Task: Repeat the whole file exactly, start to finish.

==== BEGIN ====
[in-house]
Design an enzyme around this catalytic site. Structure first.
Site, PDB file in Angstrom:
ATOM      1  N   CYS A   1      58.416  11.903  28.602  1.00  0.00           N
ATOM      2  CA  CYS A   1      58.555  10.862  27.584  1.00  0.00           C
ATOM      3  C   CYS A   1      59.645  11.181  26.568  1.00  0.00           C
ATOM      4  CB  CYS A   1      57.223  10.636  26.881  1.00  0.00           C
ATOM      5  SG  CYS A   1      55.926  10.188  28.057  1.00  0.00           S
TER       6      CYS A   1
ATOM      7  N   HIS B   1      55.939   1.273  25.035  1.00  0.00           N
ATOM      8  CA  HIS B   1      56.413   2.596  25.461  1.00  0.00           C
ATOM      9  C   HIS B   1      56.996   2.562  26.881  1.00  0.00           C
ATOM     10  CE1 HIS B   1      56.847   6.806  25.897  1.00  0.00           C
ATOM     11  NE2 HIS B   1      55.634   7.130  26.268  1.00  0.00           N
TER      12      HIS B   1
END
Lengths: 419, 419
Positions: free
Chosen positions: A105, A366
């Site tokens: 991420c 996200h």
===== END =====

[in-house]
Design an enzyme around this catalytic site. Structure first.
Site, PDB file in Angstrom:
ATOM      1  N   CYS A   1      58.416  11.903  28.602  1.00  0.00           N
ATOM      2  CA  CYS A   1      58.555  10.862  27.584  1.00  0.00           C
ATOM      3  C   CYS A   1      59.645  11.181  26.568  1.00  0.00           C
ATOM      4  CB  CYS A   1      57.223  10.636  26.881  1.00  0.00           C
ATOM      5  SG  CYS A   1      55.926  10.188  28.057  1.00  0.00           S
TER       6      CYS A   1
ATOM      7  N   HIS B   1      55.939   1.273  25.035  1.00  0.00           N
ATOM      8  CA  HIS B   1      56.413   2.596  25.461  1.00  0.00           C
ATOM      9  C   HIS B   1      56.996   2.562  26.881  1.00  0.00           C
ATOM     10  CE1 HIS B   1      56.847   6.806  25.897  1.00  0.00           C
ATOM     11  NE2 HIS B   1      55.634   7.130  26.268  1.00  0.00           N
TER      12      HIS B   1
END
Lengths: 419, 419
Positions: free
Chosen positions: A105, A366
């Site tokens: 991420c 996200h």